Once the numbers are crunched, some surprising truths are finally revealed…

By Bob Greenwood

Many shop owners have a tendency to look at their business operating expenses and consume  time with that topic as a main cost reduction plan to increase their bottom line.  The fact is most costs associated with operating a professional service shop are either non-controllable or “common sense” expenses.  We fail to acknowledge that management must also be accountable to the business and make better use of time.  It’s management’s responsibility to go after the real problems in the business instead of nickel-and-diming the business to death, thinking it will save the business and bottom line in the long run. Nothing could be further from the truth.

That said, I think it’s time to actually look at the most serious problem in every service shop:  what unproductive staff really cost. From there, we calculate that cost as a bottom line loss.

For example, if a technician is averaging 5.5 billed hours per day but being paid for 8 then that means 2.5 hours per day are a real cost to the business.  If you’re paying the person $25 per hour then $25 times 2.5 = $62.50 per day times 20 days per month = $1,250 per month plus average shop payroll burden = $1,500.00 per month off the bottom line.  ($18,000 per year from one person). 

Add to that, if you were charging $110.00 per hour labour rate on that individual, then $110.00 – $20 basic wage cost = $90.00 per hour lost in gross profit contribution from the lost labour billings that should have been achieved times 2.5 hours = another $225.00 loss per day times 20 days per month = $4,500.00 lost additional gross profit per month which would also drop down to net profit.  Total cost to the business from one person being unproductive and unaccountable = $6,000.00 per month ($1500 + $4,500) or $72,000.00 per year. 

So from this one calculation we can see the actual cost to the business of only having one person not being held accountable for their time and productivity in the shop.

Now let’s look at the entire shop as an average and keep it simple. 

If the entire team were averaging 5.5 billed hours per day as a group average leaving 2.5 hours unaccounted for and you have four techs on the team at an average wage cost of $25 per hour per tech then that works out to a monthly cost of $1,500 X 4 = $6,000.00 per month plus payroll burden = $7,200.00 per month off the bottom line ($86,400.00 per year).  

Now add in the lost billed labour hours that should have been achieved just for the basic eight hours in time they were at the shop. 

So, $110 labour rate – $25 average wage cost = $85 X 2.5 unbilled hours = $212.50 X 20 days per month average = $4,250 X 4 technicians = $17,000 X 12 months = $204,000.00 per year net profit lost from the tech team when the lost unbilled labour contribution to gross profit is factored in for a total net profit loss of $290,400.00 to the company that is not obtained because the people within the shop are not held to be accountable for their time and productivity.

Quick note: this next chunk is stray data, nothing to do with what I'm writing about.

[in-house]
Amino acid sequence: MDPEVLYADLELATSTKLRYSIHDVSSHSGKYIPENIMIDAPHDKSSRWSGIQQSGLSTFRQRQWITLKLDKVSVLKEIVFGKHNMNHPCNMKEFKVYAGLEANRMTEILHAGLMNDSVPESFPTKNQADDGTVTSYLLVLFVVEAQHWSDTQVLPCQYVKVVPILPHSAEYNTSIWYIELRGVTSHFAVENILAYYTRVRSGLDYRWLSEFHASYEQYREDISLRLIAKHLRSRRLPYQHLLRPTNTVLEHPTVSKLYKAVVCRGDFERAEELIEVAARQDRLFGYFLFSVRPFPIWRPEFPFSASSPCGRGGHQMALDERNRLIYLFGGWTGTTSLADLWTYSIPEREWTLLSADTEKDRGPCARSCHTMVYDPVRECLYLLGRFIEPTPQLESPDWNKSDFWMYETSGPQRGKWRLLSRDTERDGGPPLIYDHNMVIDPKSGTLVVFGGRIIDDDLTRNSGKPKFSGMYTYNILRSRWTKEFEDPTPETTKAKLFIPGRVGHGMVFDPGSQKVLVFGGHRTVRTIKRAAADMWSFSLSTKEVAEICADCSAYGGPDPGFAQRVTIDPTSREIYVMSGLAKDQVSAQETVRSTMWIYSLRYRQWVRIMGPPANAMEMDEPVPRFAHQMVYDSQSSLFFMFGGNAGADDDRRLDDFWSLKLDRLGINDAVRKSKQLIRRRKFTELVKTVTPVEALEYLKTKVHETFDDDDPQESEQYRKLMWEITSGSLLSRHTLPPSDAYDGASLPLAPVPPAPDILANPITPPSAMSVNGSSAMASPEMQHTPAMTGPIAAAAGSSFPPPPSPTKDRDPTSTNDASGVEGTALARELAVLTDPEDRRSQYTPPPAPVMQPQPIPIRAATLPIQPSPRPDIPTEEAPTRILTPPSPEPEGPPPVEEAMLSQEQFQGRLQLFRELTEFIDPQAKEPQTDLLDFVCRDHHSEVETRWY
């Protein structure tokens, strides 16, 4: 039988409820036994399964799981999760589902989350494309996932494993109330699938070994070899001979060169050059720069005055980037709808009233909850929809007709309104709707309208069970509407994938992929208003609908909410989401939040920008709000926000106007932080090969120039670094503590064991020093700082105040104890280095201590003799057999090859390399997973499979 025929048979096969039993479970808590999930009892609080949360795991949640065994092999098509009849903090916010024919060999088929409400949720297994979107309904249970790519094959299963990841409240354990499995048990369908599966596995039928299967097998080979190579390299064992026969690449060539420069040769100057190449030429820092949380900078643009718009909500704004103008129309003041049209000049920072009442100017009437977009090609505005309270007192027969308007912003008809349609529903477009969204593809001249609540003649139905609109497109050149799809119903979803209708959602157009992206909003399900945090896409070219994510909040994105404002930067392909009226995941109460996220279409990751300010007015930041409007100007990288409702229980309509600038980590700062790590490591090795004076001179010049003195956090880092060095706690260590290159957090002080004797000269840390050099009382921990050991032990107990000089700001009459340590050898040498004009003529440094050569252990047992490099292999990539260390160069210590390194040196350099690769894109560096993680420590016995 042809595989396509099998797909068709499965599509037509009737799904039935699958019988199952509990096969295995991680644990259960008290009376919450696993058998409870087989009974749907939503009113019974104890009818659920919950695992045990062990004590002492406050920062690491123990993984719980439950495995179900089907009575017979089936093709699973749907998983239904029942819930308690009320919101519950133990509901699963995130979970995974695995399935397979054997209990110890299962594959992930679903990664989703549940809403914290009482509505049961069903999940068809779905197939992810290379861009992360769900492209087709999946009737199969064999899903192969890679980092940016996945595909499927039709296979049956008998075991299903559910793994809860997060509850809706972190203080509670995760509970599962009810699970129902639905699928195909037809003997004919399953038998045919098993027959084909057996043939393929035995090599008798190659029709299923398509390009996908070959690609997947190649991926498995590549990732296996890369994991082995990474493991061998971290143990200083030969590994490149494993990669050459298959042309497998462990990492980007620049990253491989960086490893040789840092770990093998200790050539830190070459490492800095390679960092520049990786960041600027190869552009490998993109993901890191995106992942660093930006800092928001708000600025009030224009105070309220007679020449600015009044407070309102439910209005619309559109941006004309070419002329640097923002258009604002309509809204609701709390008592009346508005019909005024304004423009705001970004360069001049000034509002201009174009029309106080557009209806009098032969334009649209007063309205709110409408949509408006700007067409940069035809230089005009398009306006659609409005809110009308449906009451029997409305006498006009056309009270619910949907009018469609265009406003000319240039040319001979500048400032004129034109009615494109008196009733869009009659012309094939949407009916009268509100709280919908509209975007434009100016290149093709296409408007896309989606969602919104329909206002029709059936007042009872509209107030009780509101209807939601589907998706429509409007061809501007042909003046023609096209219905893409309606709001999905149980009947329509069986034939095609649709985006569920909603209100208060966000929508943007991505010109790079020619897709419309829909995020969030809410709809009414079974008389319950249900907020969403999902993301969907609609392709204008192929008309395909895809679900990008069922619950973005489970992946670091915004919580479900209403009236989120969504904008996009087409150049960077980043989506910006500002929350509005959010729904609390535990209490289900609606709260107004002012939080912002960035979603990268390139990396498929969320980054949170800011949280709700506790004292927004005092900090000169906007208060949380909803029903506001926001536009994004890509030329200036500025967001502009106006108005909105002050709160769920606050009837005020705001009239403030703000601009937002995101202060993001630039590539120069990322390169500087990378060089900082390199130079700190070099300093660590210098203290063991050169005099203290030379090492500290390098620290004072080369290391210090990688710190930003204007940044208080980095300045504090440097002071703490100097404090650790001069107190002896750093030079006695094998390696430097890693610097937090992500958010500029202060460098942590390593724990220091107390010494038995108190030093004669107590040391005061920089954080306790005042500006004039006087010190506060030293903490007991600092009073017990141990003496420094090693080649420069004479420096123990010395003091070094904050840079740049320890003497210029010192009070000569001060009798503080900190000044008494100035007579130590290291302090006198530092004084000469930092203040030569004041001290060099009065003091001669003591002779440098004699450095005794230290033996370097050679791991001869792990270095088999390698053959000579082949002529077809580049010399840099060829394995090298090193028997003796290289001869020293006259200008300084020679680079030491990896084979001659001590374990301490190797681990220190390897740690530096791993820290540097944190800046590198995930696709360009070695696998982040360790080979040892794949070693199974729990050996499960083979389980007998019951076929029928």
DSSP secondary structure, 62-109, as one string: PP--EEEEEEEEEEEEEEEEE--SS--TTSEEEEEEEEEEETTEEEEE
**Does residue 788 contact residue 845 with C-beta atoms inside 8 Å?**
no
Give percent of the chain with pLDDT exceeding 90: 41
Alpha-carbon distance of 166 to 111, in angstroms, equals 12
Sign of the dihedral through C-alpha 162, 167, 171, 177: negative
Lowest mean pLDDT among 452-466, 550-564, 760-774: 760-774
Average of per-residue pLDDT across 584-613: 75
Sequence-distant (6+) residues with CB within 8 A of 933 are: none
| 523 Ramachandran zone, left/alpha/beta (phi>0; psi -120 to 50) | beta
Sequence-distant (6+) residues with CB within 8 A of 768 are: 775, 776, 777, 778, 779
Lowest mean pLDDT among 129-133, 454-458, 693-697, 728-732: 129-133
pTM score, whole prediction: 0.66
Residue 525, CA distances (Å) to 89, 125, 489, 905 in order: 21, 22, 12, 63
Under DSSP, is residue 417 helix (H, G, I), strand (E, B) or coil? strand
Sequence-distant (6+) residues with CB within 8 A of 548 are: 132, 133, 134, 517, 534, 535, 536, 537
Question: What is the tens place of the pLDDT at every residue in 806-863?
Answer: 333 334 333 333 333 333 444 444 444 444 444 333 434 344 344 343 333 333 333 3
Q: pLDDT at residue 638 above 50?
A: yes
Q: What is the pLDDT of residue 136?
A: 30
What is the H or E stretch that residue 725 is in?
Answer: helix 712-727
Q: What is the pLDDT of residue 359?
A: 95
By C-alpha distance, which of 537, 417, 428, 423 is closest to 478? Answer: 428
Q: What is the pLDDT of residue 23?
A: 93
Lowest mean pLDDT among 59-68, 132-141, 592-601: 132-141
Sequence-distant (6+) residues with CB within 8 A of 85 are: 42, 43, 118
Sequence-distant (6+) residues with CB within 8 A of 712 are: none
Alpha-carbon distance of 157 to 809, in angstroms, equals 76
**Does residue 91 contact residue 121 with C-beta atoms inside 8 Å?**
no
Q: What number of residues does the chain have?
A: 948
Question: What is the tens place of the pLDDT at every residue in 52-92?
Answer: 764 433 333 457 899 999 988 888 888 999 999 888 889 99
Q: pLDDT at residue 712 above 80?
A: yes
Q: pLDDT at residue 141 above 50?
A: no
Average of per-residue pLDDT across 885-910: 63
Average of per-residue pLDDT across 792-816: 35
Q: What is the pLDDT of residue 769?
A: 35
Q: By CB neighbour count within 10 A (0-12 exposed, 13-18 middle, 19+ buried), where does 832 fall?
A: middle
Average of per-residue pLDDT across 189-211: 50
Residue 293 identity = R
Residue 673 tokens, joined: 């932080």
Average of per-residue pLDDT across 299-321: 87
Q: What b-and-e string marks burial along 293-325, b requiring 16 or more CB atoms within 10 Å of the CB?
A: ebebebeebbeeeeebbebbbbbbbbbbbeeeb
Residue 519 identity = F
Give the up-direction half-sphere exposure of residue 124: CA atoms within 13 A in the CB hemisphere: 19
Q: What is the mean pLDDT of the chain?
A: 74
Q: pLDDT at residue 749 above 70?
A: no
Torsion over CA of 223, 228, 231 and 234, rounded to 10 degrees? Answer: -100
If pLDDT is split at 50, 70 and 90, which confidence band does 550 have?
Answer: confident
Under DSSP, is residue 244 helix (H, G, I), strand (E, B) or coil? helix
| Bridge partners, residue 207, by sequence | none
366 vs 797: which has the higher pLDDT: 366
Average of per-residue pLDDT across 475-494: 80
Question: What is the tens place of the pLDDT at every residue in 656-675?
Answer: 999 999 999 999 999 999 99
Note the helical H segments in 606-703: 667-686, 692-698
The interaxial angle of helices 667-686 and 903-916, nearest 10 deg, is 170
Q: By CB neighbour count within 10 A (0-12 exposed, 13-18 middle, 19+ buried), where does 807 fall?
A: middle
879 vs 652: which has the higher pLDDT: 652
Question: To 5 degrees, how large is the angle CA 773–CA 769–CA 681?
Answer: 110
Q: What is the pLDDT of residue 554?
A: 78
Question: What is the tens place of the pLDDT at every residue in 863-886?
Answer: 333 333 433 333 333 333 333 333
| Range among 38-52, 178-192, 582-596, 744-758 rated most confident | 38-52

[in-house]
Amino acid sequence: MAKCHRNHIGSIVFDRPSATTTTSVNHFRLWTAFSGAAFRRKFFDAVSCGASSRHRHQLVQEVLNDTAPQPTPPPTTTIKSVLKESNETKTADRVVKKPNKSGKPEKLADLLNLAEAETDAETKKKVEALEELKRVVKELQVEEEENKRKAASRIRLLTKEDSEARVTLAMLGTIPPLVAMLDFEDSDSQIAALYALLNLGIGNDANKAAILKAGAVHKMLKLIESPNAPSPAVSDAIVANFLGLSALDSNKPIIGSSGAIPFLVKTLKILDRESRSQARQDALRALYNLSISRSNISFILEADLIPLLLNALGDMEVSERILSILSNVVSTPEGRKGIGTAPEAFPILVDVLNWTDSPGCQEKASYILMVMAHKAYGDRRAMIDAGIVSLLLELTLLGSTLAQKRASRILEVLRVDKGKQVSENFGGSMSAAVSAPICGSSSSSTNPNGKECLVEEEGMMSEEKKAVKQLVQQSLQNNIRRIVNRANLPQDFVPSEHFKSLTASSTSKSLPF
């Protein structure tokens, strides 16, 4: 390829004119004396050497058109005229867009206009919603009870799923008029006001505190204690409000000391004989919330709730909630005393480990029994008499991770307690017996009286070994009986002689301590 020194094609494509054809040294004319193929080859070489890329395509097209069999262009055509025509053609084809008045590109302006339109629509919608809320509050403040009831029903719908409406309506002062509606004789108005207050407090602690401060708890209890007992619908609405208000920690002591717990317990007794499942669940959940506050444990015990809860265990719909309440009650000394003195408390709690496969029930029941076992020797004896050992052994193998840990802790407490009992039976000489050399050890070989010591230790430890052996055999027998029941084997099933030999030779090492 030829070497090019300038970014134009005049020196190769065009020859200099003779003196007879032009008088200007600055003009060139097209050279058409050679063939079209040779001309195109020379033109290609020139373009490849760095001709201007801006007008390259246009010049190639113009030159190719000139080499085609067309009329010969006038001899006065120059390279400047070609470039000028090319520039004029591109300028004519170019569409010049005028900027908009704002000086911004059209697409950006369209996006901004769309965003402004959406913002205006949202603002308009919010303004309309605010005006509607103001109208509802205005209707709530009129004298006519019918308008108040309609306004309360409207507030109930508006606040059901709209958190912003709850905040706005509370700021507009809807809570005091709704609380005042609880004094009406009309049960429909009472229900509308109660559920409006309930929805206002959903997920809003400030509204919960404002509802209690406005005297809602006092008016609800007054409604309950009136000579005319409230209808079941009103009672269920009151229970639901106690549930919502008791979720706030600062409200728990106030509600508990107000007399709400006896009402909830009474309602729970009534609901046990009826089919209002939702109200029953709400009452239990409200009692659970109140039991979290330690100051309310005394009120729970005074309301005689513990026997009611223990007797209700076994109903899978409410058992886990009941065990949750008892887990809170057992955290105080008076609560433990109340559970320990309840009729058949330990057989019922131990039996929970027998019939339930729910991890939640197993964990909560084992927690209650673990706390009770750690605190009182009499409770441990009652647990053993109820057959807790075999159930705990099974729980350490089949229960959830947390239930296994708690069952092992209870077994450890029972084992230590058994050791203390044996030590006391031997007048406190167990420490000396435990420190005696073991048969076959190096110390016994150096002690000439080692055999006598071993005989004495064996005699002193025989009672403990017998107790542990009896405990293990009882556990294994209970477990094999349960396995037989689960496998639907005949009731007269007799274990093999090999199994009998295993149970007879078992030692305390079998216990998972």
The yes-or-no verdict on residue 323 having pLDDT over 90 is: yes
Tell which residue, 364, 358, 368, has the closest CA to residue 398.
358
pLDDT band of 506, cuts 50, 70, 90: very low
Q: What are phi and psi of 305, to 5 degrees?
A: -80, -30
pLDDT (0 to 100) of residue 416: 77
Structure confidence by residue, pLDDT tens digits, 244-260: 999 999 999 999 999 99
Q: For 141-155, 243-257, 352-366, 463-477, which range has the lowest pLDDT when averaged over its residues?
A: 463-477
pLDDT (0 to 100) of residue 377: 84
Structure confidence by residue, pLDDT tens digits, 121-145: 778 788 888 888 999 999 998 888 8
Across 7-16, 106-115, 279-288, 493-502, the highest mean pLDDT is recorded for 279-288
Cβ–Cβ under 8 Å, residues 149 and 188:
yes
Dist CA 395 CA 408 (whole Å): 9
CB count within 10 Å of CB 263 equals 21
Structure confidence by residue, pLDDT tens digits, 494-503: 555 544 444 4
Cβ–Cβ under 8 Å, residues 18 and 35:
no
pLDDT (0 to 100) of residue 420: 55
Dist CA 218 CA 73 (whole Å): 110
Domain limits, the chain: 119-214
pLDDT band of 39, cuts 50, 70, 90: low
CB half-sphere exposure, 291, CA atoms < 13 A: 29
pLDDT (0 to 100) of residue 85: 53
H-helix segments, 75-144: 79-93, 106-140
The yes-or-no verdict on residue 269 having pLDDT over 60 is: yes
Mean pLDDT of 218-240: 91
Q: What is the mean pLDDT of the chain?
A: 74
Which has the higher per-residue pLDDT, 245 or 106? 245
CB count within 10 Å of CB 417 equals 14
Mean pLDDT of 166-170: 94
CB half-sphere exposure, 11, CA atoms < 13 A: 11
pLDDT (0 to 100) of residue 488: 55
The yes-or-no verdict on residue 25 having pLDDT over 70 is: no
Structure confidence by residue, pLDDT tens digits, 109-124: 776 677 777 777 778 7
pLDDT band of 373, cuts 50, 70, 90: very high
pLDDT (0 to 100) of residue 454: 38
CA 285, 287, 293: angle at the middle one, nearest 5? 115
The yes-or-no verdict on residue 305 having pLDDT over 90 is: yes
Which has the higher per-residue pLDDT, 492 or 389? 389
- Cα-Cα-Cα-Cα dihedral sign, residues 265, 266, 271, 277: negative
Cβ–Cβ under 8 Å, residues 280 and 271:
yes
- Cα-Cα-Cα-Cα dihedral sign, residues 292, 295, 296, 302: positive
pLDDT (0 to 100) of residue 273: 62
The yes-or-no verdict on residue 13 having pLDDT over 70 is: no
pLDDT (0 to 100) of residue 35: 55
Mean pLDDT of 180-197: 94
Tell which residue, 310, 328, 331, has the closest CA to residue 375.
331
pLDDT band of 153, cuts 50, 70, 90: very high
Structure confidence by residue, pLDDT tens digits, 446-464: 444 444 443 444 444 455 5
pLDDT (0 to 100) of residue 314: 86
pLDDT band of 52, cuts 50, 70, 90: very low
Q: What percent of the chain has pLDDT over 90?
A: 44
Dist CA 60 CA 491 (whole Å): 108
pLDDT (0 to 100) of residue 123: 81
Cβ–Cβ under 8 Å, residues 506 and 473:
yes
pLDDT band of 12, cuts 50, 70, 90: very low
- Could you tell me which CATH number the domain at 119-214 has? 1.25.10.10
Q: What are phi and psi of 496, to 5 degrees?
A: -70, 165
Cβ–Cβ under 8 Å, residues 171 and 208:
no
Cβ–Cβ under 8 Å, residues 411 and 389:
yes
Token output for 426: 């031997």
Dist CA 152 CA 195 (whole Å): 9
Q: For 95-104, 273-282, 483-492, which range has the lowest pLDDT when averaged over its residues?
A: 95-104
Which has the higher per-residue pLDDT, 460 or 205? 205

This is serious money!  and  this is where management should be spending their time…fix the accountability issue in the business. Management must be accountable to the business by spending time wisely where it has a real effect on the bottom line. Fixing shop accountability is time well spent.

Remember a competent technician should be billing 10-to-12 hours per day and an apprentice should be billing at least five-to-six hours per day; if they are not achieving those numbers then investigate fully “why not?” Do not guess, don’t listen to rhetoric, find out the facts. That is management’s responsibility to the company.

It is time and absolutely necessary to focus on accountability in business by embracing all the processes and management education you have been shown/taught/exposed to.  If you “cherry pick” the processes or what you were taught, then it won’t work.  If you “assume” the processes are being followed in the shop, then it won’t work.  Every owner/manager must “Inspect what you Expect” from your team and determine why something happened or did not happen or why that particular member of the team is not performing his/her position properly and focus on fixing it.  This will be the quickest way to turn any business around. 

Educate all staff as to why accountability is necessary and as professionals in this industry we must take it seriously.  If the business is not profitable then everyone’s income is affected and ultimately the commercial client is affected because the shop does not have the cash to invest in training and keeping on top of latest shop technology and equipment. 

Stand your ground on this issue and stop babysitting the staff because you’re afraid they might quit. That means they are holding you hostage. Professional people want accountability in the business because that will show everyone where they shine.  The others are scared of accountability because they know it would show where they cut corners, prove that they are lazy, show how self-centered they are, as they only think about themselves and are only looking for a paycheque at the end of the week.  They really don’t care about the business or the commercial clients the business looks after and these people must be cut loose from the company.  Many of us wish that these people would leave the industry all together. 

Make every single person in the company accountable.  I will guarantee you one thing: when you improve the accountability throughout your company it will have five-to-10 times the effect on your bottom line than trying to save money picking away at individual operating expenses.  Do the math and insert your own numbers into the equation I have provided. Follow the math in your business, not your emotions, as the math does not lie and then you will truly be working smarter instead of harder.  

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